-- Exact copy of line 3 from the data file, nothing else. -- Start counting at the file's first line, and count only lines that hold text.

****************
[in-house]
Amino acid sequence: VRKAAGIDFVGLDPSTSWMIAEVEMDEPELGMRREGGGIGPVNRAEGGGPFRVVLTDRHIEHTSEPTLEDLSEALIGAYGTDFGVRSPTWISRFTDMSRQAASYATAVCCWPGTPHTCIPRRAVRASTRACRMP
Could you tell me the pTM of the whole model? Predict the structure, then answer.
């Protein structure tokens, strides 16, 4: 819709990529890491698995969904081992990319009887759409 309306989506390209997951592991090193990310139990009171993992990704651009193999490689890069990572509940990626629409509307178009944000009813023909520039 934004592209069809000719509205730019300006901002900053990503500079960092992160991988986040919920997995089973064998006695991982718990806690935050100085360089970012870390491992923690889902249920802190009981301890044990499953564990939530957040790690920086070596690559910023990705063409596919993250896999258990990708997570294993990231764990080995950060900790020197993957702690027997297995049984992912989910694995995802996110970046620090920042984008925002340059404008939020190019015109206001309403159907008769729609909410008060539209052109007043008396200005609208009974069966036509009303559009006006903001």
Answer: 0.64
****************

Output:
Could you tell me the pTM of the whole model? Predict the structure, then answer.